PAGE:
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The Other 21st Century Skills: Books for Kids

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I have been discussing and blogging about The Other 21st Century Skills

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Many have attempted to identify the skills important for a learner today in this era of the 21st century (I know it is an overused phrase).  I have an affinity towards the skills identified by Tony Wagner:

  • Critical thinking and problem-solving
  • Collaboration across networks and leading by influence
  • Agility and adaptability
  • Initiative and entrepreneurialism
  • Effective oral and written communication
  • Accessing and analyzing information
  • Curiosity and imagination   http://www.tonywagner.com/7-survival-skills

Some other ones that I believe important based on what I hear at conferences, read via blogs and other social networks include:

  • Grit
  • Resilience
  • Hope and Optimism
  • Vision
  • Self-Regulation
  • Empathy and Global Stewardship

This post lists children’s books to help teach children and youth about these concepts.  Some are even appropriate and applicable for adults. Children’s books, as they are written and presented as stories, have great potential to explain these often abstract concepts.  There is also evidence that the brain processes stories differently and more powerfully than facts and lectures.  I discuss this in Storytelling Is Not Lecturing; Lecturing is Not Storytelling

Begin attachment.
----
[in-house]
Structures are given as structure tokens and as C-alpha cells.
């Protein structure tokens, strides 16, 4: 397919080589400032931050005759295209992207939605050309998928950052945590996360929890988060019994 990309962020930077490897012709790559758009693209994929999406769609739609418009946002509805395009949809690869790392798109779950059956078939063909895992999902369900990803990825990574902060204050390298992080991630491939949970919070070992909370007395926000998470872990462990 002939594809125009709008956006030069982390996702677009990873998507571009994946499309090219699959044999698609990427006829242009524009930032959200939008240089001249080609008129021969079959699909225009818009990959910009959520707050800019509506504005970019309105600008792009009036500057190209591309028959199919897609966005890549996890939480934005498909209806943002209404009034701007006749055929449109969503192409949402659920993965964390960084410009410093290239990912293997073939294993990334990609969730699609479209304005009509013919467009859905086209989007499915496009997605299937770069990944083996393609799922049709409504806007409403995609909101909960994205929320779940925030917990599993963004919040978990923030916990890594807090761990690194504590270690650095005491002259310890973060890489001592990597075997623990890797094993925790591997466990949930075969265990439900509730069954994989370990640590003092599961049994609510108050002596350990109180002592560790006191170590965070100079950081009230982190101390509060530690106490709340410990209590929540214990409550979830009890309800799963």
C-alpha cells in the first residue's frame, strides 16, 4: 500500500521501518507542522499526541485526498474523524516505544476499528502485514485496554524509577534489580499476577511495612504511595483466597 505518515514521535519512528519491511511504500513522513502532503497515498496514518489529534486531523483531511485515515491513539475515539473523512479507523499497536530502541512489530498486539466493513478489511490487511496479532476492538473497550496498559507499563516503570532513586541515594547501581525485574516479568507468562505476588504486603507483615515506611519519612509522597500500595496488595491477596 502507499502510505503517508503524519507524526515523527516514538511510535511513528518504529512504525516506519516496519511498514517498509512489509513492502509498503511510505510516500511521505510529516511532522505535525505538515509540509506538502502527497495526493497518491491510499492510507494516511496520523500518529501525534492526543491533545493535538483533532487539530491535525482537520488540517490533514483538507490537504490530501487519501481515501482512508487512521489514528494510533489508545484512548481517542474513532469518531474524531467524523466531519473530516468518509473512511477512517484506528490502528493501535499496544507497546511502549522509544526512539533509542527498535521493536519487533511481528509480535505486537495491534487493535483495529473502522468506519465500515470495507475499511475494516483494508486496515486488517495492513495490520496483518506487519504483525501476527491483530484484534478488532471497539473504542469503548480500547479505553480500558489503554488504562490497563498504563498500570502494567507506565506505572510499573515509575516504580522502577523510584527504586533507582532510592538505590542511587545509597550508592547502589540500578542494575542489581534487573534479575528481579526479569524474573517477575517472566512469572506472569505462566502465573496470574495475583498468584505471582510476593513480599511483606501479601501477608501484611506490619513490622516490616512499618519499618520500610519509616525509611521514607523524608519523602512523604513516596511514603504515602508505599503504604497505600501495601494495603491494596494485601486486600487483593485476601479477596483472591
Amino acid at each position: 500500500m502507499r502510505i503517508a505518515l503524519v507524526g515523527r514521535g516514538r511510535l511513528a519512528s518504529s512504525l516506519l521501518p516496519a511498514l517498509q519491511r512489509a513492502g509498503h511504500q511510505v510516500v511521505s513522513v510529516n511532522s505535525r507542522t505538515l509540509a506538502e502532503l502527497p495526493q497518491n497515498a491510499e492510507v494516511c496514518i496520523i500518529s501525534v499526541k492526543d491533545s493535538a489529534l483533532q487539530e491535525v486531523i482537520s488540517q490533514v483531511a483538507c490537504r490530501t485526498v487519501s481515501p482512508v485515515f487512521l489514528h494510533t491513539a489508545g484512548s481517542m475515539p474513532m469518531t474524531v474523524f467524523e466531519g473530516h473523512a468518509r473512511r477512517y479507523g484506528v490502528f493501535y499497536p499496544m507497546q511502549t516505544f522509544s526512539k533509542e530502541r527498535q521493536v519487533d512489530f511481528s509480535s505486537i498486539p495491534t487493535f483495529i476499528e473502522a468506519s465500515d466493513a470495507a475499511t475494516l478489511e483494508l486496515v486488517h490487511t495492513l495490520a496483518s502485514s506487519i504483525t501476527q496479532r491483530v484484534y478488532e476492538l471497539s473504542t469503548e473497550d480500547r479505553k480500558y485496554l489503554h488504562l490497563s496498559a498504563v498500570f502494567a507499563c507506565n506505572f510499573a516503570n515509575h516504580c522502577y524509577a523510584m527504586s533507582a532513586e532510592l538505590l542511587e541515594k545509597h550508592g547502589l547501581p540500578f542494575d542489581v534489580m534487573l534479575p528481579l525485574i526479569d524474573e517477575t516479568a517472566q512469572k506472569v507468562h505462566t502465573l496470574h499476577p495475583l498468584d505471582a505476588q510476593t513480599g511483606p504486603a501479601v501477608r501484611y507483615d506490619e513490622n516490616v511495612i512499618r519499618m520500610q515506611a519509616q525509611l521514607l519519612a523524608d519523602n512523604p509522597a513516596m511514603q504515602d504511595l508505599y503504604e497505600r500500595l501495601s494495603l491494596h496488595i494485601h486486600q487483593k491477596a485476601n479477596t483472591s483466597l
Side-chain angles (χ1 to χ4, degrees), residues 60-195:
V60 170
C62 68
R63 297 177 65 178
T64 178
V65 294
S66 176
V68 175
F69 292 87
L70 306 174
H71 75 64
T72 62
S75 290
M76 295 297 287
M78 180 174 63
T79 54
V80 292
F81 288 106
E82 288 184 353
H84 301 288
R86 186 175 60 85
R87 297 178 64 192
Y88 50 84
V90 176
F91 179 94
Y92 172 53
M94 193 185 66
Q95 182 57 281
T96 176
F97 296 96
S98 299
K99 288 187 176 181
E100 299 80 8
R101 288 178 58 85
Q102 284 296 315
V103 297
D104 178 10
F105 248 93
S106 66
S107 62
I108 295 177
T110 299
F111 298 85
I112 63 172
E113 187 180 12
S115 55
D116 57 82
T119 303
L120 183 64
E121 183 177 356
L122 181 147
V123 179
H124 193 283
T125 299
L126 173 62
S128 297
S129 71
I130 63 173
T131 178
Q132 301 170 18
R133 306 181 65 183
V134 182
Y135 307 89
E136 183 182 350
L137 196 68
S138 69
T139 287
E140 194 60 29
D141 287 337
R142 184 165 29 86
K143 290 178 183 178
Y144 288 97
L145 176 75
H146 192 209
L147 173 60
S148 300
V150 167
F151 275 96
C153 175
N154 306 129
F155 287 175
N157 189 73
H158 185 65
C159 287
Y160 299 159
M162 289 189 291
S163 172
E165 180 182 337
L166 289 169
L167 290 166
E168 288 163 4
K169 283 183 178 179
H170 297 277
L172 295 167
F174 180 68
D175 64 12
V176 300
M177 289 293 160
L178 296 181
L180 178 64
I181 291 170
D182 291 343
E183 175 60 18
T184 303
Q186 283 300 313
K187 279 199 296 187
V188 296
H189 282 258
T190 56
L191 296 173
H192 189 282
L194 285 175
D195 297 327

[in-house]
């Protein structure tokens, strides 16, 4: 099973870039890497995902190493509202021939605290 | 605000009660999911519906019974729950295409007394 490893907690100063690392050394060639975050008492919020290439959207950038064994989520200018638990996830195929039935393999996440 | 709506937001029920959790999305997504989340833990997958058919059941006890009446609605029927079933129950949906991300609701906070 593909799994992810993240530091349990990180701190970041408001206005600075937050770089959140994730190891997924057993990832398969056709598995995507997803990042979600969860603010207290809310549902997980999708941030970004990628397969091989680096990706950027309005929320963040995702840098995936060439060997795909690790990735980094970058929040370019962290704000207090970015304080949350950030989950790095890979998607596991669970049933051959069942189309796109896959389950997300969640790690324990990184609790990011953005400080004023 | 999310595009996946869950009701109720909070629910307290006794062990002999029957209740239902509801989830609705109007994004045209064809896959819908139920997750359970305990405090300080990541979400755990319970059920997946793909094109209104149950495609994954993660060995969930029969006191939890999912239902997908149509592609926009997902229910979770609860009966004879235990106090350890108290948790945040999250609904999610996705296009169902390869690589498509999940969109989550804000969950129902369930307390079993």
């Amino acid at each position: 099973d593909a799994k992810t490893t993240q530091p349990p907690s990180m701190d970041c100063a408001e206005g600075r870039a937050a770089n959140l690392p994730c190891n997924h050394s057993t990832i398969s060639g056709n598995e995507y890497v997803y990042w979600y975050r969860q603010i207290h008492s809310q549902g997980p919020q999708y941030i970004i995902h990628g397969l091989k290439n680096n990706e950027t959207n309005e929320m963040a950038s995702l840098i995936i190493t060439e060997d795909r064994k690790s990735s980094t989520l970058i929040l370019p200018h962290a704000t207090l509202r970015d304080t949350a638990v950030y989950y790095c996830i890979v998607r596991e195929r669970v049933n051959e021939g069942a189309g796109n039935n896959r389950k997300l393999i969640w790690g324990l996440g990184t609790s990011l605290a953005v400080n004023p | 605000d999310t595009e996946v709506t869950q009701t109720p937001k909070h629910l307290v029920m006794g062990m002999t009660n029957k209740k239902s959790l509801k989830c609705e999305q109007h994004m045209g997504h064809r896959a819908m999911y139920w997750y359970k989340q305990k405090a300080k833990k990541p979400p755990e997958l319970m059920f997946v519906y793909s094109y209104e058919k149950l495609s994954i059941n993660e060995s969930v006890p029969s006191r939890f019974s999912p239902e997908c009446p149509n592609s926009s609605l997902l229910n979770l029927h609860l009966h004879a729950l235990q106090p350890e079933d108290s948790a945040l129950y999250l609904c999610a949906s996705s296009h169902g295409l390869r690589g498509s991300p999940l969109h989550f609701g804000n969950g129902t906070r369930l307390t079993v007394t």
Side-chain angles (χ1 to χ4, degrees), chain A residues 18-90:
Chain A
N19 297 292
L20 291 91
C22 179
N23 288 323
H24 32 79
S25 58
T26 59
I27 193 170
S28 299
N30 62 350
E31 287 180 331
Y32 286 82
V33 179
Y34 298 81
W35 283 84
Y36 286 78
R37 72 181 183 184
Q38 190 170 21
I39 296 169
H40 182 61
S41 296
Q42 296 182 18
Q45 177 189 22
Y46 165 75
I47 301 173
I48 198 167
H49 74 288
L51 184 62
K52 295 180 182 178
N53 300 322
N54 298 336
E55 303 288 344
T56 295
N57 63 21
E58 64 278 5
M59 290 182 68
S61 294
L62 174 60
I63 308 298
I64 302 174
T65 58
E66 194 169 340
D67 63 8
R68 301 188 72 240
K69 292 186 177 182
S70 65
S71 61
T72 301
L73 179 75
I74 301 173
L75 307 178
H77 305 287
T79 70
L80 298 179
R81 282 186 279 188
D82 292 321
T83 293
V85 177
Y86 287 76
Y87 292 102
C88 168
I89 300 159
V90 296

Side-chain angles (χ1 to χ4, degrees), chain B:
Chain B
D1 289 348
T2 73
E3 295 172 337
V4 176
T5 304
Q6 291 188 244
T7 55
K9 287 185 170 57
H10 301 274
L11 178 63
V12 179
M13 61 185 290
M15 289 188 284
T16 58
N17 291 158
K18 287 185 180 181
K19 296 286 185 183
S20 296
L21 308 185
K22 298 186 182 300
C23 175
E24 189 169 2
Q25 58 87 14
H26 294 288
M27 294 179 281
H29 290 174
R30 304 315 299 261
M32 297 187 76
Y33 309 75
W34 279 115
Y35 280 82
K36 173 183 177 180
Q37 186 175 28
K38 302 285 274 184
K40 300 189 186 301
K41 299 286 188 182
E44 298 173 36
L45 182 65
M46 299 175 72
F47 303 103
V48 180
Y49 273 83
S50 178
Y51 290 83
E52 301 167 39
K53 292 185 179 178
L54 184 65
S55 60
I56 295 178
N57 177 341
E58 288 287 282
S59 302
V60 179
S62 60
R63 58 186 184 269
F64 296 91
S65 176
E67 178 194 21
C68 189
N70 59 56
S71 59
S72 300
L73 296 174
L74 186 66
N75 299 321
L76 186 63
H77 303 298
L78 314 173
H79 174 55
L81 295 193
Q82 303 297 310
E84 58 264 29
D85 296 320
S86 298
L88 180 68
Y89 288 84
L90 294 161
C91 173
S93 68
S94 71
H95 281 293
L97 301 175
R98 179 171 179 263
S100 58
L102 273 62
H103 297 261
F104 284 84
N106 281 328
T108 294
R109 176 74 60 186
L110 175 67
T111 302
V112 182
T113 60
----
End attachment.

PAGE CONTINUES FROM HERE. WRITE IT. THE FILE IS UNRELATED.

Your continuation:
Stories are different. Stories have everything that facts wish they had but never will: color, action, characters, sights, smells, sounds, emotions–stuff that we can easily relate to. We can imagine ourselves doing, or not doing, or having already done, what the story describes. Stories put facts into a meaningful, and therefore memorable, context.  (http://www.forbes.com/sites/douglasmerrill/2013/03/08/a-story-about-stories/)

Brain Activity: Lecture versus Storytelling

It’s in fact quite simple. If we listen to a powerpoint presentation with boring bullet points, a certain part in the brain gets activated. Scientists call this Broca’s area and Wernicke’s area. Overall, it hits our language processing parts in the brain, where we decode words into meaning. And that’s it, nothing else happens.

When we are being told a story, things change dramatically. Not only are the language processing parts in our brain activated, but any other area in our brain that we would use when experiencing the events of the story are too.  (http://lifehacker.com/5965703/the-science-of-storytelling-why-telling-a-story-is-the-most-powerful-way-to-activate-our-brains)

Here is the list categorized by the skill or attribute:

Grit

Resilience

Hope and Optimism

Vision

Self-Regulation

Empathy and Global Awareness

The entire list can be found on Amazon at http://www.amazon.com/lm/R2VU5OSVB73GOX/ref=cm_lm_pthnk_view?ie=UTF8&lm_bb=

Here are some suggestions for a few of the skills identified by Tony Wagner:

Critical Thinking and Problem Solving

Collaboration

Curiosity and Imagination

Written by Jackie Gerstein, Ed.D.

January 17, 2014 at 2:26 pm

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